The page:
The Nokia 6700 classic comes with a retail package that suits its price tag well. Along with the handset itself, inside you will find a 1GB SD card and that tiny microUSB cable that measures about 5cm.
Of course you also get a charger and a microUSB handsfree, which unfortunately is one-piece. This means that if you are to replace it, you will have to find either a microUSB-to-some-other-standard adapter or a pair of headphones with that connector.
Finally you get a bunch of paperwork and a voucher for free music worth 10 euro that you can cash in at the online Nokia music store.
As you can see there's hardly anything missing in the box, but then again, there are no nice surprises either.
Undoubtedly one of the best parts about Nokia 6700 classic is its compact size. The dimensions of 109.8 x 45 x 11.2 mm add up to volume of mere 46.5 cc, which is even more compact than its 6500 classic predecessor (47 cc). Even hardened geeks like us that are used to seeing their phones big and functional couldn't help but fall in love with the tiny fella.
What really sold it for us was that despite being small, the Nokia 6700 class is quite heavy (113 grams), which gives it a really solid feel. Rarely has a handset felt as good in our hands as the 6700 classic does.
The design of the Nokia 6700 classic brings to mind an old saying: perfection is not when there's no more to add, but when there's nothing more to take away. In fact, there is hardly anything that we'd remove from the 6700 classic's shiny panels. Well, okay we'd get rid of the LED flash aperture at the back as it is useless, but everything else we like.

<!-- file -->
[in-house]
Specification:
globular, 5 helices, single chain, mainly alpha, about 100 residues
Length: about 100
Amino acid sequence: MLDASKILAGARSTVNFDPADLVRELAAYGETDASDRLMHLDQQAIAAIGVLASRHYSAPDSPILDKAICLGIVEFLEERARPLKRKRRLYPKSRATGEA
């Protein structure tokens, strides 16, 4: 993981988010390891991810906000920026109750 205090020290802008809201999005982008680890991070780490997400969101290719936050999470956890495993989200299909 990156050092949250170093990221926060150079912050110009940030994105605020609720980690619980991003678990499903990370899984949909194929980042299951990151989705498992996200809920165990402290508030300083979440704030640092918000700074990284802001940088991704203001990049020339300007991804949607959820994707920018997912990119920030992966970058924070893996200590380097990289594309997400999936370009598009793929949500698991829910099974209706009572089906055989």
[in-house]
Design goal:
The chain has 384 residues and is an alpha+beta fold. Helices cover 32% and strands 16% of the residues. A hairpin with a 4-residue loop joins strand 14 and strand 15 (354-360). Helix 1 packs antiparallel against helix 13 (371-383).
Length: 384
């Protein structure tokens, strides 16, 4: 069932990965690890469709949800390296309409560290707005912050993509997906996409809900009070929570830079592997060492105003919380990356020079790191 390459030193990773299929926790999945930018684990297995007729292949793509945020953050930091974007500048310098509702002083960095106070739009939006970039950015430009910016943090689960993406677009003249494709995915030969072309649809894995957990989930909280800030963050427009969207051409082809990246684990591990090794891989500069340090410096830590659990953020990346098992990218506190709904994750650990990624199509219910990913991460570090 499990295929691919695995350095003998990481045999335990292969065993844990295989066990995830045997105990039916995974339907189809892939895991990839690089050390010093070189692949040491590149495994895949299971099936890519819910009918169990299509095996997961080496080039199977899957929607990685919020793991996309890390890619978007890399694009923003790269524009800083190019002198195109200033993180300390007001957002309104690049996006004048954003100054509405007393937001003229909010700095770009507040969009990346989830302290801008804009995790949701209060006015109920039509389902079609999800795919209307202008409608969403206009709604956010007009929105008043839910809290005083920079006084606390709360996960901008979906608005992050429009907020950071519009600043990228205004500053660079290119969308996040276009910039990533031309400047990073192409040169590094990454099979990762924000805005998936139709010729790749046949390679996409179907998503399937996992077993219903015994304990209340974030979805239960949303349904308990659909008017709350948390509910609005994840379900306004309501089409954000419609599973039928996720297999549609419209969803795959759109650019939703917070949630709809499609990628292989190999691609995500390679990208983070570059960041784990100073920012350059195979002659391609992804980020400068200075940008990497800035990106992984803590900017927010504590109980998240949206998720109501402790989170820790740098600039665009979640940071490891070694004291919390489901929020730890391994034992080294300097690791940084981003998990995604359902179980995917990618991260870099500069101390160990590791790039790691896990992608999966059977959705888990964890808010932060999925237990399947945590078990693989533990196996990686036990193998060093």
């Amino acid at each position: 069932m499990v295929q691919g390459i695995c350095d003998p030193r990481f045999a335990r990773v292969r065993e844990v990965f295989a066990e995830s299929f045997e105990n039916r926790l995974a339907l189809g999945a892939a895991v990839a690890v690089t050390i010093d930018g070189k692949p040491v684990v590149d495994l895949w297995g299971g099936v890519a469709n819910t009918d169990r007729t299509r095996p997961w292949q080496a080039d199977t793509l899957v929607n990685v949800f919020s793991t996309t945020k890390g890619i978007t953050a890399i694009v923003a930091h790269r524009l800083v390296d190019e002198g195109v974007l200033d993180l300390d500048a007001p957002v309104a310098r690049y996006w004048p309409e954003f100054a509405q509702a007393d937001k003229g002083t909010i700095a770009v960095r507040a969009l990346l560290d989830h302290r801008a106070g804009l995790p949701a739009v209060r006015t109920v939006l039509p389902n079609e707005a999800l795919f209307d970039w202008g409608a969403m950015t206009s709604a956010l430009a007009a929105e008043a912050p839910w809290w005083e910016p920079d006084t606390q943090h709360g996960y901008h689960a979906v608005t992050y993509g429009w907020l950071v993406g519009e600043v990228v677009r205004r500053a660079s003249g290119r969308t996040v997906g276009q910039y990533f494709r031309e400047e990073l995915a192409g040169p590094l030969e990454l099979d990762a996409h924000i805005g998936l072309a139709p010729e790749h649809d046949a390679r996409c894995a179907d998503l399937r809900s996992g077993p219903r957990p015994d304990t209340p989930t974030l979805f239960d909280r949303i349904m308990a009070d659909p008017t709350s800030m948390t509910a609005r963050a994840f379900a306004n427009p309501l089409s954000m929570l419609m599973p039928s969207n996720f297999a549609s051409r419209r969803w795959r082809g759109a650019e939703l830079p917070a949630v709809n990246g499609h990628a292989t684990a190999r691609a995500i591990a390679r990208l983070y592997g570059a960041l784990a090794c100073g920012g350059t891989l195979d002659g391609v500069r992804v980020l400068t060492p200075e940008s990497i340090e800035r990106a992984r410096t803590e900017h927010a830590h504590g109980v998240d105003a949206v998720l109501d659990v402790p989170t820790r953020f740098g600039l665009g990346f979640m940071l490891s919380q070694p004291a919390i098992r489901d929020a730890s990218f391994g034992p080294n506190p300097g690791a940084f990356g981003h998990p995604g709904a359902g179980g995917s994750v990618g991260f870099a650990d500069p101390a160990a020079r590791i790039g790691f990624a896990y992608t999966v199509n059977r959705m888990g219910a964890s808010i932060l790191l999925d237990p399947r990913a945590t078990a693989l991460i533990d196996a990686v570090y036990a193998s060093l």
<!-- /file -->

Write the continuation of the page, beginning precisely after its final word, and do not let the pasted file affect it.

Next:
We also especially appreciate the fact that the entire body of the Nokia 6700 classic is made of fine stainless steel that is really smudge-resistant. Also if you do happen to get the handset greasy, cleaning it is a piece of cake as any cloth (or your shirt) will do.
We start our tour with the 2.2" display mounted on the upper half of Nokia 6700 classic front panel. The TFT LCD unit supports QVGA resolution and can display up to 16 million colors, as is customary on the S40 handsets recently.
The numbers alone indicate that this isn't what you might call a top-notch display. Still the image quality is pretty decent with good brightness and fine contrast (although nothing like the Samsung S7220 Ultra b AMOLED display). On the other hand the sunlight legibility of the Nokia 6700 classic is flawless with the screen remaining perfectly legible in any weather conditions.
Our main problem with the Nokia 6700 display is its size. It might be just us getting older and pickier, but 2.2" just doesn't cut it anymore. We're perfectly aware of the fact that a larger screen would mean a larger body and thus a loss of a part of the handset's appeal; still we cannot help but wish for at least a 2.4" display.
Below the display we find four keys - two either side of the traditional D-pad found on the Finnish featurephones. Those include the two soft buttons with functionality changing according to the active menu as well as the Call and End keys. Decently sized and with nice tactile feedback, we never really have anything to complain about them.
The D-pad itself has pretty thin direction keys, yet it's still possible to use even with our oversized hands. The fact that there is some much free space around it also helps so is the size is no obstacle to usability really. And the large confirmation center button works like a charm.
Below those controls sits the 12-key alphanumeric keypad. The thin lines provide some bordering between the different rows and the keys are pretty big so you can type fairly comfortably.
The solid, even feedback is also greatly appreciated and if there was some kind of border between keys on the same row it would have been perfect. Well, considering that looks were high on the priority list when the Nokia 6700 classic was designed we should be perfectly happy with this one too.
The only two remaining functional elements on the front panel are the ambient light sensor and the loudspeaker grill at the top.